Prenda Law boss John Steele to miss 2020 Olympics... unless they show it in prison

Lawyer in the cooler for five years for operating notorious smut piracy honeypot scam

Man in an orange jumpsuit clutches prison bars. Image by Shutterstock

One of the former attorneys behind dodgy copyright-demand factory Prenda Law has been sentenced to 60 months in prison. Yes, the same Prenda Law that seeded file-sharing networks with smut flicks it owned the rights to in order to extract eye-watering copyright infringement settlements from downloaders.

Judge Joan Ericksen, of a US federal district court in Minnesota, on Tuesday this week handed down the five-year term, along with two years of supervised release and a $1,541,527.37 restitution bill, after Steele copped to one count each of conspiracy to commit money laundering and conspiracy to commit mail and wire fraud. While technically given two 60-month sentences, Steele, 48, is being allowed to serve both terms at the same time.

Steele, who has since been disbarred, admitted that from 2011 to 2014 he and co-conspirator Paul Hansmeier, operating as Prenda Law, set up a series of shell companies and studios that either purchased the rights to existing pornographic films or funded the making of original films with the intent of anonymously sticking the dirty movies on the Pirate Bay.

The duo then tracked down people who had downloaded the films and threatened them with copyright infringement suits unless the target agreed to pay out a $3,000 settlement. When the piracy scam started to flounder, the pair took things a step further by accusing targets of hacking their shell companies' machines.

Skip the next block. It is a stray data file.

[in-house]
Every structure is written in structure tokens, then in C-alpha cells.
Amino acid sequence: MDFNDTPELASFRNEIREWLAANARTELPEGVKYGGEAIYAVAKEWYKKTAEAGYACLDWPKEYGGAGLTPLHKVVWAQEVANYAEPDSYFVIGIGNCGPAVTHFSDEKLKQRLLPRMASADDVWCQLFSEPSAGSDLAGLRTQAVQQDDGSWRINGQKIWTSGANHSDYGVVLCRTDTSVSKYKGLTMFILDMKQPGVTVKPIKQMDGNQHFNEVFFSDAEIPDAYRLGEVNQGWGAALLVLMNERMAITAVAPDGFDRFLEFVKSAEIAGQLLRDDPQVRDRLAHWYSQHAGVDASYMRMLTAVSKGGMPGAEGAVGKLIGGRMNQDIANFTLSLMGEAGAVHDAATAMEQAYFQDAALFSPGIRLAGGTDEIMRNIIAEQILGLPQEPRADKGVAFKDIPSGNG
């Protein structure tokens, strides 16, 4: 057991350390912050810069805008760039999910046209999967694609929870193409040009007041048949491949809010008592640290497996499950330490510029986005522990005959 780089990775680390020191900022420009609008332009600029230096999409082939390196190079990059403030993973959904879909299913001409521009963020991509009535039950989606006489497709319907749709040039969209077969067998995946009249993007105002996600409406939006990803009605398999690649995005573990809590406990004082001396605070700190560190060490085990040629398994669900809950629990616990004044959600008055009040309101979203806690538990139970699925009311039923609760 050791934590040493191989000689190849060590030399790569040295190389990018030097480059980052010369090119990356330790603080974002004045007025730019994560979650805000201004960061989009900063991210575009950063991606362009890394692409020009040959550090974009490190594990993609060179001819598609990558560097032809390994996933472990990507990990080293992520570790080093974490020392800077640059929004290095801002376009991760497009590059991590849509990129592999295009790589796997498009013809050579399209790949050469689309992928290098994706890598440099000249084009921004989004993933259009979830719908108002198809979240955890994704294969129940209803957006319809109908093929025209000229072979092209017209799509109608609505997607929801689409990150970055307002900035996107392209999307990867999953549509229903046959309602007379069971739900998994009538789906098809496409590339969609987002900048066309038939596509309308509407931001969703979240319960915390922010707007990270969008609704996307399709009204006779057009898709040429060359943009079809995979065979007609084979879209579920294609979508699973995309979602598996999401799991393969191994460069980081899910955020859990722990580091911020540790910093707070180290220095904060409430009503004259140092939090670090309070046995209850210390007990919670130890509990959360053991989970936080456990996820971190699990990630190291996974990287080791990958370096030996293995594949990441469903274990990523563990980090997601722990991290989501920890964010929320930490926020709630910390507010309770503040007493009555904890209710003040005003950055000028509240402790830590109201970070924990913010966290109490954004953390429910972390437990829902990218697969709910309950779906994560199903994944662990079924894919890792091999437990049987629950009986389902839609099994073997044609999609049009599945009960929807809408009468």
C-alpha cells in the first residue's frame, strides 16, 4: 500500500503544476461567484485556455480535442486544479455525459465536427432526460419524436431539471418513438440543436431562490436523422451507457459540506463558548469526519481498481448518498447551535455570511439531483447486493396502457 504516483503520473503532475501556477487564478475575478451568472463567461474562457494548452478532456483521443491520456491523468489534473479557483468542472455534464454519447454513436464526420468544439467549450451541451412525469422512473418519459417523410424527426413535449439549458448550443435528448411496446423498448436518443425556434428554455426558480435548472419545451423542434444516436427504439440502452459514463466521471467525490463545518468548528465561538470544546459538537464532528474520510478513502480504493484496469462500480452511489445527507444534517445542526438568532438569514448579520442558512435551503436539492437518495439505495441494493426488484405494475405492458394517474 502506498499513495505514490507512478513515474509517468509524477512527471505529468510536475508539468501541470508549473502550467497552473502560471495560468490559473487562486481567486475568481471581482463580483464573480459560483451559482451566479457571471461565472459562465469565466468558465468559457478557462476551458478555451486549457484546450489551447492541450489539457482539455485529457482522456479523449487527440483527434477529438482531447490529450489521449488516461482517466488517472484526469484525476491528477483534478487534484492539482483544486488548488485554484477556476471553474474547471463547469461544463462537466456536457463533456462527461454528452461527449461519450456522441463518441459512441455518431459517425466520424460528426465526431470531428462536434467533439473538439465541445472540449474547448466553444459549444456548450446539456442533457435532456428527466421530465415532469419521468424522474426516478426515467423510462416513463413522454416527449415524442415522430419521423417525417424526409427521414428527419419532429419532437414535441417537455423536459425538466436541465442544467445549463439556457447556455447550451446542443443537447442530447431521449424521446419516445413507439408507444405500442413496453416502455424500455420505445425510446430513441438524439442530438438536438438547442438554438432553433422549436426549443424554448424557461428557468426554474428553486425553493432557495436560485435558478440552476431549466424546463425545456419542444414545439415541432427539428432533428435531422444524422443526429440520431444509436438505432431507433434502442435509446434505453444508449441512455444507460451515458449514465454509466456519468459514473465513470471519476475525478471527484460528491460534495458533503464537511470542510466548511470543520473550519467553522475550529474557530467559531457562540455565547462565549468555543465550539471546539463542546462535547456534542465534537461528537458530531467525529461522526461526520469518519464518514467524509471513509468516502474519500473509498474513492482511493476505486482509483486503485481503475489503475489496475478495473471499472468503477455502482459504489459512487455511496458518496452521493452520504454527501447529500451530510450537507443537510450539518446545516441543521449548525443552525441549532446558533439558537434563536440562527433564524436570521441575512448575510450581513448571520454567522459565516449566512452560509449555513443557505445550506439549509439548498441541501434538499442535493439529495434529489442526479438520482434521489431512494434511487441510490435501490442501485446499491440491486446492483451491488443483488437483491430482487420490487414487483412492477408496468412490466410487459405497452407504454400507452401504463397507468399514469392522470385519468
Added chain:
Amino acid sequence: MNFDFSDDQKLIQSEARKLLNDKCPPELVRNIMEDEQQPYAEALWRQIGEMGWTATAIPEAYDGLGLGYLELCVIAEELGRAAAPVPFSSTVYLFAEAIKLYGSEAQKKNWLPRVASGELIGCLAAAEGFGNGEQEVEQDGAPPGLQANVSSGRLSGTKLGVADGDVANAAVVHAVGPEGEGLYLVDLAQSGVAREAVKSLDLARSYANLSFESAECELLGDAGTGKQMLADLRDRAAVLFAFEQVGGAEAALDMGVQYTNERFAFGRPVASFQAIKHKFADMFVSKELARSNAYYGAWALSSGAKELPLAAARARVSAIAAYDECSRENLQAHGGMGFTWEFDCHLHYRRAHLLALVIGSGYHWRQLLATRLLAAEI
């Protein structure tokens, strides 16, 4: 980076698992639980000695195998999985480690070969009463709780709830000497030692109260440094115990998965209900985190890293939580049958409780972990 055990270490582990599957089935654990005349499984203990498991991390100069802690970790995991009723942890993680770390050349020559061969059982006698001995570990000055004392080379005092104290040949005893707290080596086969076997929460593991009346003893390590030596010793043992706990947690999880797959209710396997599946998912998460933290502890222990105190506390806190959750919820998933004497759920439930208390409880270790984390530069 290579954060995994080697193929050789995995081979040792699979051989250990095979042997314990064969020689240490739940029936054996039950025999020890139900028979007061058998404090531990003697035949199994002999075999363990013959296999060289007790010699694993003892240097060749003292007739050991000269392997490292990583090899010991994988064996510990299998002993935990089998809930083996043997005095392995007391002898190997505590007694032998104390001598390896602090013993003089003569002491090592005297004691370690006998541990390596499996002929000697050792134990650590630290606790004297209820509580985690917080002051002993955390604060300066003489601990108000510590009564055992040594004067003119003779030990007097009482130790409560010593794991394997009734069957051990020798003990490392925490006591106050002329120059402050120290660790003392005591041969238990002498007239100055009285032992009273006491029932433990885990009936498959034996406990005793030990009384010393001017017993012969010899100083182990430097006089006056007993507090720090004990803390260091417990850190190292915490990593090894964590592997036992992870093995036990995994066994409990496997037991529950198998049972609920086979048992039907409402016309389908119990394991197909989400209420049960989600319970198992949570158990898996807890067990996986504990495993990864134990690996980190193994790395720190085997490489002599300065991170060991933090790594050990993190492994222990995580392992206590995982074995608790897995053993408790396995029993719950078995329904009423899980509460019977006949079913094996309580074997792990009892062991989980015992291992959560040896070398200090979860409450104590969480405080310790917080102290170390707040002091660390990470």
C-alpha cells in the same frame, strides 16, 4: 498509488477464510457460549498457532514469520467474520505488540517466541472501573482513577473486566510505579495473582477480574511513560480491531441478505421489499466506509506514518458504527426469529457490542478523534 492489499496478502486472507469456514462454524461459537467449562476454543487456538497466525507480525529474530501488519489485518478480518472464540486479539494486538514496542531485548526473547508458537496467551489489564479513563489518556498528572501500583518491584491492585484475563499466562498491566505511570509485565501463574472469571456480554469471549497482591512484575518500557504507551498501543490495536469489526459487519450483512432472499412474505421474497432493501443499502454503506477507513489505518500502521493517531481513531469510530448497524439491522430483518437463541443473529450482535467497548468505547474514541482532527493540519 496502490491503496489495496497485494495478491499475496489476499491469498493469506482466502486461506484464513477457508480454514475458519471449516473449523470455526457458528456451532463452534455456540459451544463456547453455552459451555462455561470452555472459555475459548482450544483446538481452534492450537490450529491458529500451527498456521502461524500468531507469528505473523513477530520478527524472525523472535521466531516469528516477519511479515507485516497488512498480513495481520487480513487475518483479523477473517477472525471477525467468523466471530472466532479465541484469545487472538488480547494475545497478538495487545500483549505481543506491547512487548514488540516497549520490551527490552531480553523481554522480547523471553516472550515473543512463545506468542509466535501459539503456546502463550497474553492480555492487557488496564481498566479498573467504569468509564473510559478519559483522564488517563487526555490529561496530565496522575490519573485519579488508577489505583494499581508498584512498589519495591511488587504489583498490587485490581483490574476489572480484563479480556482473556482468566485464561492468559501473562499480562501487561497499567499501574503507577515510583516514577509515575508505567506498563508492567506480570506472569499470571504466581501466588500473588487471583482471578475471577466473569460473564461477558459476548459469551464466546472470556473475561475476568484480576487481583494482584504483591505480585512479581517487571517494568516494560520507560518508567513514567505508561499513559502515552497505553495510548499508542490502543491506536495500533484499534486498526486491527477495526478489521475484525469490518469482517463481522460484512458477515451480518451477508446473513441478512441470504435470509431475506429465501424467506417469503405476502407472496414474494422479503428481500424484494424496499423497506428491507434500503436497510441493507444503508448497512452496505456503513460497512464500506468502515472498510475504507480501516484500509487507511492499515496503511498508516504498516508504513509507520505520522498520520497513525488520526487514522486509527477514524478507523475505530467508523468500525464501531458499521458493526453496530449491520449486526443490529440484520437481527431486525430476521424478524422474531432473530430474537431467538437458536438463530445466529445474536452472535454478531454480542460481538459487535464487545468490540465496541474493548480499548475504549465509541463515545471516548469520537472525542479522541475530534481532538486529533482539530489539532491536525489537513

Sextortion graphic

Stiff penalty: Prenda Law copyright troll gets 14 years of hard time for blue view 'n sue scam

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"To facilitate their phony 'hacking' lawsuits, the defendants recruited individuals who had been caught downloading pornography from a file-sharing website, to act as ruse 'defendants'," US prosecutors noted.

"These ruse defendants agreed to be sued and permit Steele and Hansmeier to conduct early discovery against their supposed 'co-conspirators' in exchange for Steele and Hansmeier waiving their settlement fees."

Both lawyers would eventually be found out, and charged with fraud and money laundering for their roles in the scheme. By the time the operation was dismantled, it is estimated the duo was able to extort nearly $3m in payouts from randy web-surfers.

While five years behind bars can hardly be considered a slap on the wrist, Steele's willingness to cooperate with authorities allowed him to win a considerably lighter term than his co-conspirator 37-year-old Hansmeier, who last month was sentenced to 14 years incarceration for convictions on the same set of charges. ®

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